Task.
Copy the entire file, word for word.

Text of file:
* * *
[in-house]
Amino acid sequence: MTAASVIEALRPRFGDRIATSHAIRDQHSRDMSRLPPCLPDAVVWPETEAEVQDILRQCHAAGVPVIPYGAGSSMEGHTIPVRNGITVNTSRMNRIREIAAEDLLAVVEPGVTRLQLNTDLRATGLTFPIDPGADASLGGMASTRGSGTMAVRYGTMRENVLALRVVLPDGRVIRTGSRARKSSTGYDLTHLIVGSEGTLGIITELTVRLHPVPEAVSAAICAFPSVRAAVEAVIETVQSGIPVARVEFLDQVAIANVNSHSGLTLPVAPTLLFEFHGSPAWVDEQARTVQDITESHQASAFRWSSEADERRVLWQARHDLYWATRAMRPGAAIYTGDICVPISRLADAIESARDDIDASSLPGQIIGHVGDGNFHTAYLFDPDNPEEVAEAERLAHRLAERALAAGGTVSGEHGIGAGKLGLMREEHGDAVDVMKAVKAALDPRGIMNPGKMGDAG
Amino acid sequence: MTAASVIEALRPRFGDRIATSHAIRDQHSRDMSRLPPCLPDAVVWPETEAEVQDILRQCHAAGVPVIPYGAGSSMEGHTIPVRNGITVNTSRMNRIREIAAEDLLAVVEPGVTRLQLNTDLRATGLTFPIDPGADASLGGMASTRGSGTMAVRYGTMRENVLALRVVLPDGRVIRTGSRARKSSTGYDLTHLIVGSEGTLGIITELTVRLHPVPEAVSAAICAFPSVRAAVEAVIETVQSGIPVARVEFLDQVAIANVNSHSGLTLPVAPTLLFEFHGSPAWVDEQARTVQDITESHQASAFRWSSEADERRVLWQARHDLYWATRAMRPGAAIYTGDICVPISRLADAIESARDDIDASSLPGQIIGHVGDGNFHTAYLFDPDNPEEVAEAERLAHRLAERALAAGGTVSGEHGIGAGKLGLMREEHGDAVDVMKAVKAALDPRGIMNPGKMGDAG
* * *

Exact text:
[in-house]
Amino acid sequence: MTAASVIEALRPRFGDRIATSHAIRDQHSRDMSRLPPCLPDAVVWPETEAEVQDILRQCHAAGVPVIPYGAGSSMEGHTIPVRNGITVNTSRMNRIREIAAEDLLAVVEPGVTRLQLNTDLRATGLTFPIDPGADASLGGMASTRGSGTMAVRYGTMRENVLALRVVLPDGRVIRTGSRARKSSTGYDLTHLIVGSEGTLGIITELTVRLHPVPEAVSAAICAFPSVRAAVEAVIETVQSGIPVARVEFLDQVAIANVNSHSGLTLPVAPTLLFEFHGSPAWVDEQARTVQDITESHQASAFRWSSEADERRVLWQARHDLYWATRAMRPGAAIYTGDICVPISRLADAIESARDDIDASSLPGQIIGHVGDGNFHTAYLFDPDNPEEVAEAERLAHRLAERALAAGGTVSGEHGIGAGKLGLMREEHGDAVDVMKAVKAALDPRGIMNPGKMGDAG
Amino acid sequence: MTAASVIEALRPRFGDRIATSHAIRDQHSRDMSRLPPCLPDAVVWPETEAEVQDILRQCHAAGVPVIPYGAGSSMEGHTIPVRNGITVNTSRMNRIREIAAEDLLAVVEPGVTRLQLNTDLRATGLTFPIDPGADASLGGMASTRGSGTMAVRYGTMRENVLALRVVLPDGRVIRTGSRARKSSTGYDLTHLIVGSEGTLGIITELTVRLHPVPEAVSAAICAFPSVRAAVEAVIETVQSGIPVARVEFLDQVAIANVNSHSGLTLPVAPTLLFEFHGSPAWVDEQARTVQDITESHQASAFRWSSEADERRVLWQARHDLYWATRAMRPGAAIYTGDICVPISRLADAIESARDDIDASSLPGQIIGHVGDGNFHTAYLFDPDNPEEVAEAERLAHRLAERALAAGGTVSGEHGIGAGKLGLMREEHGDAVDVMKAVKAALDPRGIMNPGKMGDAG